03 January 2009

Arts Corner: Christmas telly

Happy New Year and all that. Hello 2009!

Right, that's the formalities out of the way. Now down to the important stuff: Christmas telly. For once we managed to sit down and watch some. Hurrah!

(Although I have serious doubts over whether it can be called telly if you're mostly watching it on the BBC iPlayer?)

In no particular order:

Strictly Come Dancing: 7/10 (Severrrrrrrrrrn!) I had to watch this, as the three-year-old was pretty insistent, and got her sparkly red shoes out. Poor old Rachel Stevens. Never mind, her pop career will no doubt resurrect itself.

University Challenge: 8/10 Interesting documentary - I didn't realise it had been going for quite so long. There was some rather amusing footage of a very young Stephen Fry, some good talking heads (including Bamber Gascoigne) and some amazing hairdos.

Starter for 10: 9/10 Followed on from University Challenge, and was rather sweet. But ooh it didn't half bring back the horrors of freshers parties in all their gory detail. Argh. I was that girl in the corner (albeit 10 years later and at Durham not Bristol), stuck with the bloke wittering on about his gap year in India. Sadly, there wasn't anyone as fanciable as James McAvoy lurking by the drinks.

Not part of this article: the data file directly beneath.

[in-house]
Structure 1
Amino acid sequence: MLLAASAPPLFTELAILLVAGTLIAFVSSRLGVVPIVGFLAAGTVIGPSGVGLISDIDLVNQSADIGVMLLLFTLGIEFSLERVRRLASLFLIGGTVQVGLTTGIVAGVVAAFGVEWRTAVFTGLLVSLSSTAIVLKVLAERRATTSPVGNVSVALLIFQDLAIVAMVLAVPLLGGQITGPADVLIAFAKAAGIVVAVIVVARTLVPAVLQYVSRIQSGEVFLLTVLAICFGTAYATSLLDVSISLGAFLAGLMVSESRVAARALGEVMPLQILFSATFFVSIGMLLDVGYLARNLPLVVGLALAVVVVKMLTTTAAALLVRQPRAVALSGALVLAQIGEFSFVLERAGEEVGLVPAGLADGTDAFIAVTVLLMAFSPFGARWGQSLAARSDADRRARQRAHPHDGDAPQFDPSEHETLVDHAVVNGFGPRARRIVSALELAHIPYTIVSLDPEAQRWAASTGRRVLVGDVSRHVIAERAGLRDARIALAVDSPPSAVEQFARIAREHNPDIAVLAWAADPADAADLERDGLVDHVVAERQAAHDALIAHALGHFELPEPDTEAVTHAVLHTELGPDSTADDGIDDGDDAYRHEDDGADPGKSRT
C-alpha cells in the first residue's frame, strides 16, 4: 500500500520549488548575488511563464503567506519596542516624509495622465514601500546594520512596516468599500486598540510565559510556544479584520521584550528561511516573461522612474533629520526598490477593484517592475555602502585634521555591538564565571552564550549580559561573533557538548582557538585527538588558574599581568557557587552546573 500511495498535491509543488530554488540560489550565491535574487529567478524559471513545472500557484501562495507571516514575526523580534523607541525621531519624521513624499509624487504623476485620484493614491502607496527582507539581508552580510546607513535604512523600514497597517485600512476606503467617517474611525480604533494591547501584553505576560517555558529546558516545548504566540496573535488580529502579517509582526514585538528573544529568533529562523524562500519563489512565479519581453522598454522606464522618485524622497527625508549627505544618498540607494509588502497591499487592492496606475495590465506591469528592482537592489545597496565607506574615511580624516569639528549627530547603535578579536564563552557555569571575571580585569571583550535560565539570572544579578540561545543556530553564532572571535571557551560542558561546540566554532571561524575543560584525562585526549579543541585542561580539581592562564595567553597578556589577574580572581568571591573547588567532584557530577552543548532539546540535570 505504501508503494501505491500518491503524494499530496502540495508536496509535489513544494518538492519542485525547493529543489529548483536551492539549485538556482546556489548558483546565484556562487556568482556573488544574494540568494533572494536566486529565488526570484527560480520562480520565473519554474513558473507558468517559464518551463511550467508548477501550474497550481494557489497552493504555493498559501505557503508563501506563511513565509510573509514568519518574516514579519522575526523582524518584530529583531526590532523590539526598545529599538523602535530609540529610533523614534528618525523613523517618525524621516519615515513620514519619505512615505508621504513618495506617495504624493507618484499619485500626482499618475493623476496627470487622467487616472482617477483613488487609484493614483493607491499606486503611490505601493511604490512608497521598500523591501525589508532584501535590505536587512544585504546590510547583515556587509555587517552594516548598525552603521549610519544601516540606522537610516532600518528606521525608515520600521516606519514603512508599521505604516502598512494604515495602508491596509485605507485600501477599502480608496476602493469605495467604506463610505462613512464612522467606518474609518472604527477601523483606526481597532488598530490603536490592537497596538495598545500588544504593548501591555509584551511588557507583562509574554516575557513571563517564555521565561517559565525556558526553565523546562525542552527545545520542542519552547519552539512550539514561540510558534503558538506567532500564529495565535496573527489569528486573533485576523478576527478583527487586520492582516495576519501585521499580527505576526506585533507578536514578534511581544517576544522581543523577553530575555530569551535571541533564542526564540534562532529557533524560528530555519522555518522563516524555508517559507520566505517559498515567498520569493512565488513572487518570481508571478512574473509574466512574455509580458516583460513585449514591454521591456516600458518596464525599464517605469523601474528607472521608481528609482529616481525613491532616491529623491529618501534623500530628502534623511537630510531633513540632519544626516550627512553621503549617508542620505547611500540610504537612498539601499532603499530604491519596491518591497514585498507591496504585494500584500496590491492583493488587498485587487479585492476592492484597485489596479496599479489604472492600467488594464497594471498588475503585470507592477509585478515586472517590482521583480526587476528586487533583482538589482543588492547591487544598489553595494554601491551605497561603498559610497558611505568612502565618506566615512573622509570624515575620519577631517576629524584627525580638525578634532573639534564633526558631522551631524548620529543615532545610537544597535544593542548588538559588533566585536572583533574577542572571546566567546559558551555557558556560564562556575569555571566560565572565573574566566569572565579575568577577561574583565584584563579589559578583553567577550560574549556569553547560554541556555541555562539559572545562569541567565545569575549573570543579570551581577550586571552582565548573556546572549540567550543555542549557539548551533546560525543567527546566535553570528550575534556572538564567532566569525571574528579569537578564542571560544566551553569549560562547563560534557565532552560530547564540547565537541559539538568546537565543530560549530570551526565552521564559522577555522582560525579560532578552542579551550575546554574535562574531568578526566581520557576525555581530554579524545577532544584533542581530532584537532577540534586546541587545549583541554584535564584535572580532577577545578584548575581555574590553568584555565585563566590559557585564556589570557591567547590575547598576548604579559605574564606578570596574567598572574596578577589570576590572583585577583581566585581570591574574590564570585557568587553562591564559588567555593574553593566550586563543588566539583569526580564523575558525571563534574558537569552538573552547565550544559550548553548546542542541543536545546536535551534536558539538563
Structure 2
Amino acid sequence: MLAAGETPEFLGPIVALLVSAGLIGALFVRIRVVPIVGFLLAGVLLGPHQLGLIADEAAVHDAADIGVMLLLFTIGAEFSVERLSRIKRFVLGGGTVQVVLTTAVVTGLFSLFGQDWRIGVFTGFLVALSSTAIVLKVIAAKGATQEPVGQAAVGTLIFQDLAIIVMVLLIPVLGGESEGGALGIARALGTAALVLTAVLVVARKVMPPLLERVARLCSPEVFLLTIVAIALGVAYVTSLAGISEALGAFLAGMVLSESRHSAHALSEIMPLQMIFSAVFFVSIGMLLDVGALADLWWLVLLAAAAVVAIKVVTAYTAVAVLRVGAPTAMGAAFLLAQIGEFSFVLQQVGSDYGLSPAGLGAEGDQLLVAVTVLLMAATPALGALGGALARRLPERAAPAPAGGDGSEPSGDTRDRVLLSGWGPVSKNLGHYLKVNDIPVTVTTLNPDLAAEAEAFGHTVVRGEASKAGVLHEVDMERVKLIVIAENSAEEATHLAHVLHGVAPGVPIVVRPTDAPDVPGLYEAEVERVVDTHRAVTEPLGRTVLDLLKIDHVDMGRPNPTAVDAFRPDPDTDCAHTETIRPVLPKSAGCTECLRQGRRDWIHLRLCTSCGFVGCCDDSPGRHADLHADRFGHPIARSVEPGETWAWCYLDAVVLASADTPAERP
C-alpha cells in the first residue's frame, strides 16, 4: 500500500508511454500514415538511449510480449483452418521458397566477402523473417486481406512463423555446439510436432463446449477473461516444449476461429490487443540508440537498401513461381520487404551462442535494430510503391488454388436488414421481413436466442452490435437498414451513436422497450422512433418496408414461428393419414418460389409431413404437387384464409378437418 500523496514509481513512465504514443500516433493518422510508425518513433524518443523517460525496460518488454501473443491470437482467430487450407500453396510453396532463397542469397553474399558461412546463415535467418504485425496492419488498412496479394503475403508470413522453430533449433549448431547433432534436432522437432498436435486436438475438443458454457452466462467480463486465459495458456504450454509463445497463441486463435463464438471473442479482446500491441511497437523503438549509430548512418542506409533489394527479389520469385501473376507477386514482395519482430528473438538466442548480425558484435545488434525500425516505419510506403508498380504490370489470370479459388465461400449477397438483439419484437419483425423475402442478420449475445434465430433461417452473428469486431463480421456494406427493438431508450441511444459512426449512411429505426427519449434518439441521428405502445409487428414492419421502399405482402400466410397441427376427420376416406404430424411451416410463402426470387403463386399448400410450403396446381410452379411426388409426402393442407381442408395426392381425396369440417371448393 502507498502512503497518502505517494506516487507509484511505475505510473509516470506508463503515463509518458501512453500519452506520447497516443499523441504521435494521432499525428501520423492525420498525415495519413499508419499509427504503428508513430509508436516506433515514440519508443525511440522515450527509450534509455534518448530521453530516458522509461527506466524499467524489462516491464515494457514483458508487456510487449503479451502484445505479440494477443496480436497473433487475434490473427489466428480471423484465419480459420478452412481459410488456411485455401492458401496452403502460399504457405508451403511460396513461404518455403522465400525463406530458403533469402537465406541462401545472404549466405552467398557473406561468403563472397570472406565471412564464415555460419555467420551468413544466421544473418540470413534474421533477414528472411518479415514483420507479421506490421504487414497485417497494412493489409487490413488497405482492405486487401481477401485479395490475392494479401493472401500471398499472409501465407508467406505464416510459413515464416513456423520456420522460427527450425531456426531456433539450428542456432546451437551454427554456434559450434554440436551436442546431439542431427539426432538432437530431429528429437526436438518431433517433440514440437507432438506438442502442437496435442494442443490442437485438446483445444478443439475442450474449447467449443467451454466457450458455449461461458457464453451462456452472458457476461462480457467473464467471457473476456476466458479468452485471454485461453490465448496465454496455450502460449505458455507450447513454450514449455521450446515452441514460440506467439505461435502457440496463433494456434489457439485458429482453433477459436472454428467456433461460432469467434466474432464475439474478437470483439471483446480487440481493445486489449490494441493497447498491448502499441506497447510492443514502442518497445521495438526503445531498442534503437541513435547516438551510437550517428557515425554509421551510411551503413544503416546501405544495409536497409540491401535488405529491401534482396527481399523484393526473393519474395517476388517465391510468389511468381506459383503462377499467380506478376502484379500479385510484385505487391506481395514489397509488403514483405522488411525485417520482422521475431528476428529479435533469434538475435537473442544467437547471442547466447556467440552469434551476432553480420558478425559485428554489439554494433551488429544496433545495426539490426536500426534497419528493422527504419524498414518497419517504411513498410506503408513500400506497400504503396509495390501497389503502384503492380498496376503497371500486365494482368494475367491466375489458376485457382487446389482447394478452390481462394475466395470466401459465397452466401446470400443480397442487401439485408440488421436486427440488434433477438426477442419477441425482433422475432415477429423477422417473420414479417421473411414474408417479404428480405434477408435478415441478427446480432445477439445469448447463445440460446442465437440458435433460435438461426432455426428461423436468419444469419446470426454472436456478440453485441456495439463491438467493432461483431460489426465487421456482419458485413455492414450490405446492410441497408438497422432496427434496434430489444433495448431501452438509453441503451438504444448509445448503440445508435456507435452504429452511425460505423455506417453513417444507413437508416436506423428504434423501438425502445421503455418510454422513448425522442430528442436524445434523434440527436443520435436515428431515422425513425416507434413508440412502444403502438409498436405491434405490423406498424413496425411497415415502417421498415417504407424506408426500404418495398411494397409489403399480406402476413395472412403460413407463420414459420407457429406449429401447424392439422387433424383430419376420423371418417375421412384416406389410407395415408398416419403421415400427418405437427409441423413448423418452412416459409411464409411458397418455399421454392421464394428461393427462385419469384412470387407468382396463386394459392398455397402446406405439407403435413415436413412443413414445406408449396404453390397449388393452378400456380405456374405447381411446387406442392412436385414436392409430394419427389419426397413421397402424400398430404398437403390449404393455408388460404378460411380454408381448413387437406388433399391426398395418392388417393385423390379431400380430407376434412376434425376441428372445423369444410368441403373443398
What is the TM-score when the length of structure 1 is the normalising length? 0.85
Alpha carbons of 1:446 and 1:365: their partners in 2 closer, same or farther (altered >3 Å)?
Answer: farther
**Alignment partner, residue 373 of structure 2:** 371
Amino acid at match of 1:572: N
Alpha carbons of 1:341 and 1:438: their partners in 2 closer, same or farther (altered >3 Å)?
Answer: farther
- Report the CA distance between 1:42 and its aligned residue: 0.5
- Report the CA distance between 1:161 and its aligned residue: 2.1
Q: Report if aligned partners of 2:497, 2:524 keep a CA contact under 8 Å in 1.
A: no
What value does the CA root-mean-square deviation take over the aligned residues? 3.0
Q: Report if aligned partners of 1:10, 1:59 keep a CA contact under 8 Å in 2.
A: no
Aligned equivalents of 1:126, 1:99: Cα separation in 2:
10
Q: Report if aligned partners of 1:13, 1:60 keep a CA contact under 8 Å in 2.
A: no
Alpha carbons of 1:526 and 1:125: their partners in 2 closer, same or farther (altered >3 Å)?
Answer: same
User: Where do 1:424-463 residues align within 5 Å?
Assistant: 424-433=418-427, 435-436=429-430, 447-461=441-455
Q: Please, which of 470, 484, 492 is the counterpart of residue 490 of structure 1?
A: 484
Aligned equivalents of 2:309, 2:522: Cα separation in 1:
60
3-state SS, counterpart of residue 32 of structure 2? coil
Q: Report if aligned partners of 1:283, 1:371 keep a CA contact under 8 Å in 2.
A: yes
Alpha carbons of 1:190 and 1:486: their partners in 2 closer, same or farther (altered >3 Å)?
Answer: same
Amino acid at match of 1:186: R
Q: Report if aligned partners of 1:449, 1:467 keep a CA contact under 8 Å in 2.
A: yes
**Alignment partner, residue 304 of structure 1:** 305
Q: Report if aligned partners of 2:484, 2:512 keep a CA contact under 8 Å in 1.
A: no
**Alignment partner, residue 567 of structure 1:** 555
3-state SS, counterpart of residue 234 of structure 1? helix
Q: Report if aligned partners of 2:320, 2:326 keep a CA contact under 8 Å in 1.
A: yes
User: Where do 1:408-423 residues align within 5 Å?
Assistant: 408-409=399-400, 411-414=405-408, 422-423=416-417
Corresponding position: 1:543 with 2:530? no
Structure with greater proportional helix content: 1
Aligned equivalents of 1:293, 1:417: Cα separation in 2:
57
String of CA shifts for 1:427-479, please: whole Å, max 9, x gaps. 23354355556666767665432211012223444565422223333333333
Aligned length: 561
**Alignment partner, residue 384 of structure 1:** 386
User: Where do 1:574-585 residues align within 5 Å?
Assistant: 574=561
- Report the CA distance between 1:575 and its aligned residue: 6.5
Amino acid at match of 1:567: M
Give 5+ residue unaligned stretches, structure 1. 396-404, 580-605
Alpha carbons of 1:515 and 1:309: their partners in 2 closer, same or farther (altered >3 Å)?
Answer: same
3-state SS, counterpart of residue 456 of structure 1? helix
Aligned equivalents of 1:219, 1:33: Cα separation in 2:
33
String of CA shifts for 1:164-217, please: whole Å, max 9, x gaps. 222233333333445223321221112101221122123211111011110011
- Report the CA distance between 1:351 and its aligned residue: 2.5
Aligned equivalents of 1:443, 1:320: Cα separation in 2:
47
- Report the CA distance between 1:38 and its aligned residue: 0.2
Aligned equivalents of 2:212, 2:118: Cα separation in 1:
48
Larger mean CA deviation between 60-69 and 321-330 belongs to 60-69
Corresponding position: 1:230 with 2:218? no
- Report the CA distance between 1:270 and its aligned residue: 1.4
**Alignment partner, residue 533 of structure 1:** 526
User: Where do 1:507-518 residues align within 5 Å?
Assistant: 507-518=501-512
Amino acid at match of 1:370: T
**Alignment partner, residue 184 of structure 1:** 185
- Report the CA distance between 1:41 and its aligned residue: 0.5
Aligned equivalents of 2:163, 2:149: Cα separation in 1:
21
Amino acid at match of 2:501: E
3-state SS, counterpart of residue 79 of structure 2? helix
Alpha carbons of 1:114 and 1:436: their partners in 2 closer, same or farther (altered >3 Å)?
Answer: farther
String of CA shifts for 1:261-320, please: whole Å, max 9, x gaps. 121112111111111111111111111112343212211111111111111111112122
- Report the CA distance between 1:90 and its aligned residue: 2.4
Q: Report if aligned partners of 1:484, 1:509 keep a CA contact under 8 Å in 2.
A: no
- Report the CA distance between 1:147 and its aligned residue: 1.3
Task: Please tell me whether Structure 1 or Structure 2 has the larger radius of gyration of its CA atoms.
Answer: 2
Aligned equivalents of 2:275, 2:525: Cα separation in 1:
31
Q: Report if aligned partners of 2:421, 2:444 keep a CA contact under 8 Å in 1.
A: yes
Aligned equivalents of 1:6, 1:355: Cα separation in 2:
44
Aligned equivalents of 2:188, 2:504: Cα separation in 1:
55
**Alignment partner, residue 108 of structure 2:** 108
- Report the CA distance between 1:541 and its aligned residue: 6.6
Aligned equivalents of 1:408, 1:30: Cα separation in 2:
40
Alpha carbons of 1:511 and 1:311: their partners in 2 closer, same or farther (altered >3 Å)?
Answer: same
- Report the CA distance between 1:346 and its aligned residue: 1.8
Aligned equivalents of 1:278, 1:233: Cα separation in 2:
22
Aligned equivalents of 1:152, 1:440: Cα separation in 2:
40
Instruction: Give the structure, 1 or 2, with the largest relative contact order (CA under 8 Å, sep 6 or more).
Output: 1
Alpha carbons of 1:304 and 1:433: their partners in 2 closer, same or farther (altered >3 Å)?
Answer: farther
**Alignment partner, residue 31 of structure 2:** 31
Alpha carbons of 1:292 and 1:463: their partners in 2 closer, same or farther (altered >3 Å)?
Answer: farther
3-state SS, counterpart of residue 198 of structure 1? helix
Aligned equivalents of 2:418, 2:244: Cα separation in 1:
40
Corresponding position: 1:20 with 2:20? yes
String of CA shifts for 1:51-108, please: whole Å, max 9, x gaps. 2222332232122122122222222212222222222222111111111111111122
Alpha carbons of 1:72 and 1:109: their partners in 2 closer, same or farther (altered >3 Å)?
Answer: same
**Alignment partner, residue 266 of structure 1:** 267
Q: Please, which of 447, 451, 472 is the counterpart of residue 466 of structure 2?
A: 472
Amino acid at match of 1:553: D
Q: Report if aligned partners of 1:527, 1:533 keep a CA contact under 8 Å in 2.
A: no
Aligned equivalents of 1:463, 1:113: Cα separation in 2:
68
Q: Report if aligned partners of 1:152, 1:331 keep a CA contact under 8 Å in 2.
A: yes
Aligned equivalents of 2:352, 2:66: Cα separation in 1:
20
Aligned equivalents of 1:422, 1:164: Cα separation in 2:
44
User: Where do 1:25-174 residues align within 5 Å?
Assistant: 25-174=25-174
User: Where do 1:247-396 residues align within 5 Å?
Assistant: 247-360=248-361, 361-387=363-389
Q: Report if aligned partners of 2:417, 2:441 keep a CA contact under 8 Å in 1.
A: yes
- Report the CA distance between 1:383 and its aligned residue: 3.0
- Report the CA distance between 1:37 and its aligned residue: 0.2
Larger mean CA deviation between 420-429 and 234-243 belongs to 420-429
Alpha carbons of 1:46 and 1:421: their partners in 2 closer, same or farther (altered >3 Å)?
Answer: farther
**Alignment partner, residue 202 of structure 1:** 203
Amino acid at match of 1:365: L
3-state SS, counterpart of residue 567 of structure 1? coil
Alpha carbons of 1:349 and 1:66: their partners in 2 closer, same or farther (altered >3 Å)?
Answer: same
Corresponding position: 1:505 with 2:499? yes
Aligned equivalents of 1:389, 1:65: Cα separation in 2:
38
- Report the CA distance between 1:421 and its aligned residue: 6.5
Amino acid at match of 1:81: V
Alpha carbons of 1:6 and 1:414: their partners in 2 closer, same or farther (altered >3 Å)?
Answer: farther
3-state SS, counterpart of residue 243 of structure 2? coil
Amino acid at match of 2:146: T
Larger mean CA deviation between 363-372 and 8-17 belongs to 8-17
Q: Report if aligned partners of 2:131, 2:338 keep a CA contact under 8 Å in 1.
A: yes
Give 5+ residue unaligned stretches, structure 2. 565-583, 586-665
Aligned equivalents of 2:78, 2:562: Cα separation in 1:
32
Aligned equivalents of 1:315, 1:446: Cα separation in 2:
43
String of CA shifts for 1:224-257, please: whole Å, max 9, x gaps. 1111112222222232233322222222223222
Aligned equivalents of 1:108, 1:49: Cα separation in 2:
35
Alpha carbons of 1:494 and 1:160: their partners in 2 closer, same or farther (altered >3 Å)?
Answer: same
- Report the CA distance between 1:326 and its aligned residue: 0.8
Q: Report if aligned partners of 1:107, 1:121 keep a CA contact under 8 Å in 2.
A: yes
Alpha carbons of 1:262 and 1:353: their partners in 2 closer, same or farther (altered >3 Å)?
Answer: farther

A thing about cathedrals that I fell asleep halfway through: 3/10 Nothing personal (the first 10 minutes were pretty interesting), it's just I'd been up til 2am the night before, and I'm not much good at that sort of thing any more. Maybe that's what happens when you hit 35.

Lost and Found: 10/10 Gorgeous - a lesson in how to take a book as your source material for animation, and then expand on it without losing the essence of the original.

Father Christmas: 10/10 Ditto. And I loved Mel Smith. Far better than The Snowman.

Dr Who Christmas Special: 10/10 Mainly for David Morrissey who was fantastic, and has the most delightful voice. We also watched the Dr Who confidential, which was fascinating on the production process (although it did rather feel like watching two or three programmes shoehorned together in a random order - what's with that?). I'm reading the Russell T Davies/Benjamin Cook book, Dr Who: The Writer's Tale at the moment, so it was interesting to see how everything panned out on the screen. (I'm only up to about chapter 3 at the moment, but boy is it good - definitely recommended. Interesting stuff on how to lay out a script and on the whole rewriting process.)

Shrek 2: 6/10 Mildly amusing - and much better than the first one (if you're an adult - the three-year-old got a bit bored). Antonio Banderas as Puss in Boots pretty much steals the show.

Erm. That's about it, bar BBC Breakfast News in the Northeast and Cumbria (we like to say hello to Colin in a morning) and the odd moment of Shaun the Sheep (the new Washday DVD arrived for Christmas - thank god).

Now, where did I put the rest of that Christmas cake?

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